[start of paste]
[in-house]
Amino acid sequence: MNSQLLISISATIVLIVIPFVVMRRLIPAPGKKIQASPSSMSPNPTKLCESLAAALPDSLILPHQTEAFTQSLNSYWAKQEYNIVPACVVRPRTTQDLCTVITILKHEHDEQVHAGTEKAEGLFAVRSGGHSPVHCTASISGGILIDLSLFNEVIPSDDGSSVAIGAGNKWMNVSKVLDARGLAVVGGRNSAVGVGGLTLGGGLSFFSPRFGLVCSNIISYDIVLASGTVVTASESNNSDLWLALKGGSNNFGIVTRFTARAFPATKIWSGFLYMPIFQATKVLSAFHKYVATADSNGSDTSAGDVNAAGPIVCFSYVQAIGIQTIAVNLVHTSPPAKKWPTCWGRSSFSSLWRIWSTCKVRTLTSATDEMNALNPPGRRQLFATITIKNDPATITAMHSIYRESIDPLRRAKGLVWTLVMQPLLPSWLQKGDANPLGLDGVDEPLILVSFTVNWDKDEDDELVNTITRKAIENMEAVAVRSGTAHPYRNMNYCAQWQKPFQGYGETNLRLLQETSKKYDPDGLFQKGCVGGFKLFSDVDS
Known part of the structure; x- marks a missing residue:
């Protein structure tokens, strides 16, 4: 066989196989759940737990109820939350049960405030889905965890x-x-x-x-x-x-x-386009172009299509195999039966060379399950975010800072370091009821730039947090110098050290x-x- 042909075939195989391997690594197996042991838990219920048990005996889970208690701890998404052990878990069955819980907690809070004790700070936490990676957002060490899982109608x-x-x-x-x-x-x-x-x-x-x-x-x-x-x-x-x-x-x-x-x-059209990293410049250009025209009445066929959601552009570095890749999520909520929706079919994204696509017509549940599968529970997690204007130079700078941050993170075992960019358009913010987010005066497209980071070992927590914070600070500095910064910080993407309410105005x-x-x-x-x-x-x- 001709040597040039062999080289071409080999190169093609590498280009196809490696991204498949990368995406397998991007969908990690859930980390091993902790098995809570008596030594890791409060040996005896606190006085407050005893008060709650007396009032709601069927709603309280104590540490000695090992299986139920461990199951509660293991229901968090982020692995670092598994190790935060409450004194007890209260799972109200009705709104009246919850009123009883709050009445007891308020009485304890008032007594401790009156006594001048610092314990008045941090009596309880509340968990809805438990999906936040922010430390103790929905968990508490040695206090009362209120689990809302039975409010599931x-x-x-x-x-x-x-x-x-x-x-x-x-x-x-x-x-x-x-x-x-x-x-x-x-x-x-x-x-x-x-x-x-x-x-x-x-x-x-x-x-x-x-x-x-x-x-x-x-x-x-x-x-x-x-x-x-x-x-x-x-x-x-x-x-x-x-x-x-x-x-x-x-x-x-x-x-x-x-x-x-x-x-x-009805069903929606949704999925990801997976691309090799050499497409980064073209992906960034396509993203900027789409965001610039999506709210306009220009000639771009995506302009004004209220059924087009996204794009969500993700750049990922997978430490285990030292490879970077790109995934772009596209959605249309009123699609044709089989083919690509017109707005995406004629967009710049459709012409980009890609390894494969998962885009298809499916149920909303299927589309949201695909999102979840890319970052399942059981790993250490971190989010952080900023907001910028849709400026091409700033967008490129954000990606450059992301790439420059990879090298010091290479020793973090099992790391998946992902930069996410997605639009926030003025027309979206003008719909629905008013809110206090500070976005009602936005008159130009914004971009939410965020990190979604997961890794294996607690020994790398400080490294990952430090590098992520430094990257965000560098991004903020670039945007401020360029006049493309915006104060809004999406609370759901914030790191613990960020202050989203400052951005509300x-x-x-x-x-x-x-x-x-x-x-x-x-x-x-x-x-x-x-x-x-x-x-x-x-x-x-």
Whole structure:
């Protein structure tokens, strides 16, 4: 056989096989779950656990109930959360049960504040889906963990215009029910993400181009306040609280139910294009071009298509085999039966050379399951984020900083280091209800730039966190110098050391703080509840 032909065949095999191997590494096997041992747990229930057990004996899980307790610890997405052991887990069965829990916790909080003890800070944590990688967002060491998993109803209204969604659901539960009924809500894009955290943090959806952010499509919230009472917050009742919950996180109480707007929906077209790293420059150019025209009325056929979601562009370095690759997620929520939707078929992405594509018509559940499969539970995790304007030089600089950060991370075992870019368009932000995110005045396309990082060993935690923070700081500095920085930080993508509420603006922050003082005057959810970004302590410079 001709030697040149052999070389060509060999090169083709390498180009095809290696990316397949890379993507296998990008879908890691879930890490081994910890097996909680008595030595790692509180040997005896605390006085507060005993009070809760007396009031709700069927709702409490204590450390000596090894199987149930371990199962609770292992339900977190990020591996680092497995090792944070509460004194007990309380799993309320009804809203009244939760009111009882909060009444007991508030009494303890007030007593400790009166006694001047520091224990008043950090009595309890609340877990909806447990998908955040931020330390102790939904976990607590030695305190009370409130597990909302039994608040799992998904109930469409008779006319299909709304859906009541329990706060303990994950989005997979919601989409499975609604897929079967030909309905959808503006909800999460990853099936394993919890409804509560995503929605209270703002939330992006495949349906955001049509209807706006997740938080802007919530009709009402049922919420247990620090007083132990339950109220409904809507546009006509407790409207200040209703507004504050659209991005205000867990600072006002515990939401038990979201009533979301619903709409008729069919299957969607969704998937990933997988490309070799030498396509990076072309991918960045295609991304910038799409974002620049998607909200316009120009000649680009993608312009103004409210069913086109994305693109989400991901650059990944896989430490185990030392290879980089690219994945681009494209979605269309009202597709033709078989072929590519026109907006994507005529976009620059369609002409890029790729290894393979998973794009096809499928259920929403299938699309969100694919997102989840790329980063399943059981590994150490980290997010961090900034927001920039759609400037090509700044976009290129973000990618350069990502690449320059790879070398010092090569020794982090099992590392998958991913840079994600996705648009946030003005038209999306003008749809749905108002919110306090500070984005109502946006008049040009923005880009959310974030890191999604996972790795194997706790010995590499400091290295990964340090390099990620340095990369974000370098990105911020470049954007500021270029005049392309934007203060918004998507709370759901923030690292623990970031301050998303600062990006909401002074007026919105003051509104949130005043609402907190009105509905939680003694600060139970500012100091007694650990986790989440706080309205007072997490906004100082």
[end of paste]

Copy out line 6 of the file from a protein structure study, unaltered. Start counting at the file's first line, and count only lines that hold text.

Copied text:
């Protein structure tokens, strides 16, 4: 056989096989779950656990109930959360049960504040889906963990215009029910993400181009306040609280139910294009071009298509085999039966050379399951984020900083280091209800730039966190110098050391703080509840 032909065949095999191997590494096997041992747990229930057990004996899980307790610890997405052991887990069965829990916790909080003890800070944590990688967002060491998993109803209204969604659901539960009924809500894009955290943090959806952010499509919230009472917050009742919950996180109480707007929906077209790293420059150019025209009325056929979601562009370095690759997620929520939707078929992405594509018509559940499969539970995790304007030089600089950060991370075992870019368009932000995110005045396309990082060993935690923070700081500095920085930080993508509420603006922050003082005057959810970004302590410079 001709030697040149052999070389060509060999090169083709390498180009095809290696990316397949890379993507296998990008879908890691879930890490081994910890097996909680008595030595790692509180040997005896605390006085507060005993009070809760007396009031709700069927709702409490204590450390000596090894199987149930371990199962609770292992339900977190990020591996680092497995090792944070509460004194007990309380799993309320009804809203009244939760009111009882909060009444007991508030009494303890007030007593400790009166006694001047520091224990008043950090009595309890609340877990909806447990998908955040931020330390102790939904976990607590030695305190009370409130597990909302039994608040799992998904109930469409008779006319299909709304859906009541329990706060303990994950989005997979919601989409499975609604897929079967030909309905959808503006909800999460990853099936394993919890409804509560995503929605209270703002939330992006495949349906955001049509209807706006997740938080802007919530009709009402049922919420247990620090007083132990339950109220409904809507546009006509407790409207200040209703507004504050659209991005205000867990600072006002515990939401038990979201009533979301619903709409008729069919299957969607969704998937990933997988490309070799030498396509990076072309991918960045295609991304910038799409974002620049998607909200316009120009000649680009993608312009103004409210069913086109994305693109989400991901650059990944896989430490185990030392290879980089690219994945681009494209979605269309009202597709033709078989072929590519026109907006994507005529976009620059369609002409890029790729290894393979998973794009096809499928259920929403299938699309969100694919997102989840790329980063399943059981590994150490980290997010961090900034927001920039759609400037090509700044976009290129973000990618350069990502690449320059790879070398010092090569020794982090099992590392998958991913840079994600996705648009946030003005038209999306003008749809749905108002919110306090500070984005109502946006008049040009923005880009959310974030890191999604996972790795194997706790010995590499400091290295990964340090390099990620340095990369974000370098990105911020470049954007500021270029005049392309934007203060918004998507709370759901923030690292623990970031301050998303600062990006909401002074007026919105003051509104949130005043609402907190009105509905939680003694600060139970500012100091007694650990986790989440706080309205007072997490906004100082």